Funding from the Ann Shaw Fellowship has been transformative for both of us and instrumental in building the Collaborative Youth Plays Project. Before we received this funding, this project had been a dream of ours, something we hoped to eventually achieve. The Ann Shaw Fellowship pushed us into motion and began a really exciting year of traveling, researching and connecting with theatre companies around the country that create original work via collaborations with youth and professional artists. Between August and December 2010, we visited, interviewed and collected scripts from five different theatre companies: The Mosaic Youth Theatre in Detroit, MI, Redmoon Theater in Chicago, IL, The Alliance Theatre in Atlanta, GA, The Virginia Avenue Project in Los Angeles, CA and QSpeak in Phoenix, AZ. We primarily used our funding to travel to Atlanta, where we saw a production of Middle School The Musical at Alliance and met with the amazing Rosemary Newcott to talk about Alliance’s collaboratively created work with youth.
It was the funding from Ann Shaw that really afforded us the opportunity to begin—to get this research project out of the realm of possibility and into reality. As we collect scripts and interview transcripts, we are compiling them to be kept in the Child Drama Archive at Arizona State University. Beginning this project also gave us the opportunity to test our research model, and now that we know it yields incredibly useful and valuable information, we will continue to use the model that we’ve built through this project over the next few years of researching, organizing and curating this material. After this year of research, and our initial ventures into interviews and documentation, we feel that we understand even more deeply the value of this project. This helps us to present ourselves with authority to a range of organizations as we move forward with the project. We look forward to meeting with more organizations, hearing about the amazing work they are creating with youth and building a comprehensive collection of youth created scripts in the Child Drama Archive. Ultimately, we plan to publish an anthology of a selection of these plays, and for the Collaborative Youth Plays Project to be an ongoing research endeavor to which organizations can continue to contribute their scripts.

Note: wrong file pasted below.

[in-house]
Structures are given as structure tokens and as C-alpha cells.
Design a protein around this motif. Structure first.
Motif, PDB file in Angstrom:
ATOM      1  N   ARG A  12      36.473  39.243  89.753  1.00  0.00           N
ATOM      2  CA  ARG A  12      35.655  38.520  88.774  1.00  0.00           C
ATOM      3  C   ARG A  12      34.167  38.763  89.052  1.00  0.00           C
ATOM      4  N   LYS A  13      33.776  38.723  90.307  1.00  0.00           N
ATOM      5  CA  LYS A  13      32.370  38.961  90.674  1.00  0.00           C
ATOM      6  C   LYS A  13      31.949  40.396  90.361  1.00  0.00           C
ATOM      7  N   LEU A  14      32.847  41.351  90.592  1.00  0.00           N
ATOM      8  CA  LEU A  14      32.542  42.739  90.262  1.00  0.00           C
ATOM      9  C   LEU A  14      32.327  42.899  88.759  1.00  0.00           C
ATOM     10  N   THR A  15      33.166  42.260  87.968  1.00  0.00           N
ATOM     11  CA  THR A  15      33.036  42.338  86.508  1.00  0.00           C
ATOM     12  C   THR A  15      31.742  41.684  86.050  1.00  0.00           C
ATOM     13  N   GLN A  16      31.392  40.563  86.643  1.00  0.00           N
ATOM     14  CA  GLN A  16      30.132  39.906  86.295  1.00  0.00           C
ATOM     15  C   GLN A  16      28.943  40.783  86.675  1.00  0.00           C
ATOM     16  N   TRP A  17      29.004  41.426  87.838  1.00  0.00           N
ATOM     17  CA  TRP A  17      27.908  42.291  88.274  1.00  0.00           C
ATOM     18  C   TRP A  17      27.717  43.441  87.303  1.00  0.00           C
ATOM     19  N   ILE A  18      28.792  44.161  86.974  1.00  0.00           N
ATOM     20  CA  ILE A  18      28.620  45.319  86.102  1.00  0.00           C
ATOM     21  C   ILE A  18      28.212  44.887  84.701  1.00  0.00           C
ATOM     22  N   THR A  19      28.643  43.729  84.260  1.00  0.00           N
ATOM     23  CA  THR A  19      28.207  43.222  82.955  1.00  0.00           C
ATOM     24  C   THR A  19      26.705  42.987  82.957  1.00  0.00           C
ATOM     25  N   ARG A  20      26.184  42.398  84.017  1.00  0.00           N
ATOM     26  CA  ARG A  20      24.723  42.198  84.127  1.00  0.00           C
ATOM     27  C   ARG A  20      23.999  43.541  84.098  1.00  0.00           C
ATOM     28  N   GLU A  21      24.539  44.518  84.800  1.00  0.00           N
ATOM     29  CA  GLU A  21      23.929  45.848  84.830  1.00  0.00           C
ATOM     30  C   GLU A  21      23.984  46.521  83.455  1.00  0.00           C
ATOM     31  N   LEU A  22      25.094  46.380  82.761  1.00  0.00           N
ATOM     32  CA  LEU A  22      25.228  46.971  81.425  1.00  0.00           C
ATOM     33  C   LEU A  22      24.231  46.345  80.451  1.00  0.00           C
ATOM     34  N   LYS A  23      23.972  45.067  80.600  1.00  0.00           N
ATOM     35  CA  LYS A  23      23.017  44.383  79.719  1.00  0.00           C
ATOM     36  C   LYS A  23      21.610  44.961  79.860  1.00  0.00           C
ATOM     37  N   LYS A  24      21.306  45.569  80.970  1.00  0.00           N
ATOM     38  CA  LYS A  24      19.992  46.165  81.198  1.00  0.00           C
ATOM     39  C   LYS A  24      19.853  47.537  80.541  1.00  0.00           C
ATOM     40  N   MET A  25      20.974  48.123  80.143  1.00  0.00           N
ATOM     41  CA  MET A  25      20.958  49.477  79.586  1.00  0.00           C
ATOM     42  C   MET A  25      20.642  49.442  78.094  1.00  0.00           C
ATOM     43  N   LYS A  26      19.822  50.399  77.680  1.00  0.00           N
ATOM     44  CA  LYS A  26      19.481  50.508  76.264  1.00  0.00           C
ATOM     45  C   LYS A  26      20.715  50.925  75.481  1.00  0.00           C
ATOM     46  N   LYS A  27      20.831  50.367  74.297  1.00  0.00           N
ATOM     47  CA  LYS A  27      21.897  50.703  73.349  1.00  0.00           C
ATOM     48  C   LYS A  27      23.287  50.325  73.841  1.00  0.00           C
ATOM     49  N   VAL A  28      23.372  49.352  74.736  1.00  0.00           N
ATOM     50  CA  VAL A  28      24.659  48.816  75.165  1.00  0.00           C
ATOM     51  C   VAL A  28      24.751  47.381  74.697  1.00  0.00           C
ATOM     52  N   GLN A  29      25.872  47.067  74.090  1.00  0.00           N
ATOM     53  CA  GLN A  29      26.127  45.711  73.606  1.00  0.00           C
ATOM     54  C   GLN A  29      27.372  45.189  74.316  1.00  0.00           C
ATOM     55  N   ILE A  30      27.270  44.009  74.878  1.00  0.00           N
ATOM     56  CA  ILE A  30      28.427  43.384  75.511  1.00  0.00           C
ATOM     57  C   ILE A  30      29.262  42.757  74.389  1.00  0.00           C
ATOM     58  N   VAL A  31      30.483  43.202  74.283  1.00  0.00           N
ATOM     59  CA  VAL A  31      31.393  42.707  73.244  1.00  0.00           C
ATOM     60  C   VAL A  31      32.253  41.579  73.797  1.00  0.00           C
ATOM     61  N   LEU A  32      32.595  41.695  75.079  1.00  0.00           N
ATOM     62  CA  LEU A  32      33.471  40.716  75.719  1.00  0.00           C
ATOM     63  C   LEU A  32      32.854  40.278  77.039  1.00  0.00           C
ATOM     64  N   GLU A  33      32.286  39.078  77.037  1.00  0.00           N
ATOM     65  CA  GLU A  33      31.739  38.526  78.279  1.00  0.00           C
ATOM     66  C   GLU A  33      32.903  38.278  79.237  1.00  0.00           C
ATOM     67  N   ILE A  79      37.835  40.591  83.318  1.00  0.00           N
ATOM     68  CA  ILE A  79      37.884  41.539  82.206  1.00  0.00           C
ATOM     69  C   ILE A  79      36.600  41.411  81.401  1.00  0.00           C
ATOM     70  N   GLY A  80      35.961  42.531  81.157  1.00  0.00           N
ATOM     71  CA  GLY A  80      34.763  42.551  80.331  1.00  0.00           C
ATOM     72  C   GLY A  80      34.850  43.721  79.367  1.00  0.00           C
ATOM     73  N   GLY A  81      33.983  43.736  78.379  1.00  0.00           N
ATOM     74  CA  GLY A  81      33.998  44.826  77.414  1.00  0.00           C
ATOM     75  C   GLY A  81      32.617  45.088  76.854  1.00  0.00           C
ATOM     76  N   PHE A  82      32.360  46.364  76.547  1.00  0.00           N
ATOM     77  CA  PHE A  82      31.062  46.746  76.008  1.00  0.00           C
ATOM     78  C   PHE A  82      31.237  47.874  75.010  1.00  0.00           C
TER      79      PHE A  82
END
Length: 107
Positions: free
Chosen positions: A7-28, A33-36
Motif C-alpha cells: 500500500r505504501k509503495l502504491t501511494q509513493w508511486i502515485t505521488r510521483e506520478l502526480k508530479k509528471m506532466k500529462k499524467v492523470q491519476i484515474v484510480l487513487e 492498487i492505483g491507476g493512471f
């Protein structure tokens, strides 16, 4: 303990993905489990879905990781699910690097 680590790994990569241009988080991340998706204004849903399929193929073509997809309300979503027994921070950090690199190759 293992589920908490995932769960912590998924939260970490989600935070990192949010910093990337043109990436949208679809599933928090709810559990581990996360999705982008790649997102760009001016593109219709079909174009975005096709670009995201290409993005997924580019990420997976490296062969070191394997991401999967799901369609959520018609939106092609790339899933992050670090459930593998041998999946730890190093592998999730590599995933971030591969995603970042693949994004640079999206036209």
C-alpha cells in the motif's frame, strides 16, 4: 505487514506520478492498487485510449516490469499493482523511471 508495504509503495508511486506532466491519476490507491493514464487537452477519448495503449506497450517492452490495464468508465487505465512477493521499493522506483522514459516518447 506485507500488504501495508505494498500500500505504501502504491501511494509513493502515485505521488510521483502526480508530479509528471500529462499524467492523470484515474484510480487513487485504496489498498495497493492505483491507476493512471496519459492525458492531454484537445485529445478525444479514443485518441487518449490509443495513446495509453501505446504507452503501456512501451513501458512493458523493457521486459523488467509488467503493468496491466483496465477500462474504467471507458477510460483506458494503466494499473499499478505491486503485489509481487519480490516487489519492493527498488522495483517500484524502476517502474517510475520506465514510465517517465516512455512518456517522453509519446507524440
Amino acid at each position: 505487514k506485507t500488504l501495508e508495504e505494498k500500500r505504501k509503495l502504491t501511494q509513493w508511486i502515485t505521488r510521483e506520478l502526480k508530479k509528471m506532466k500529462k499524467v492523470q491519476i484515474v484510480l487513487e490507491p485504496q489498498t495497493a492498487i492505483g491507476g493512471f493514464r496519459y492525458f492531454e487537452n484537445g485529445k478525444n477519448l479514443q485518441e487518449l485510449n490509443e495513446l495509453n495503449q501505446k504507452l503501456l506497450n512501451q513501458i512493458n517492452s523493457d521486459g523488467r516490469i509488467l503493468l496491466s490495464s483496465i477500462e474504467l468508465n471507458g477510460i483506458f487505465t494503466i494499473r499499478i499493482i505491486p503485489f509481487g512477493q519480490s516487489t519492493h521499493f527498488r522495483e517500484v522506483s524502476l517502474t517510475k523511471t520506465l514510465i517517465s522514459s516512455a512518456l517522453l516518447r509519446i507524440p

Beyond our initial benefits of building our research and model, we have benefited tremendously from the opportunity to interact and engage with other professionals in the field, doing work that inspires and enthuses us. As the two of us embark on the adventure of starting our own theatre company, Rising Youth Theatre, dedicated to creating original work with young people, we are truly lucky to connect with these remarkable professionals who offer us ideas, inspiration and resources for our current and future work in the field. Each company we visited welcomed us, our questions and our project with enthusiasm and commitment, and we deeply appreciated this experience to connect with members of our theatre for youth community.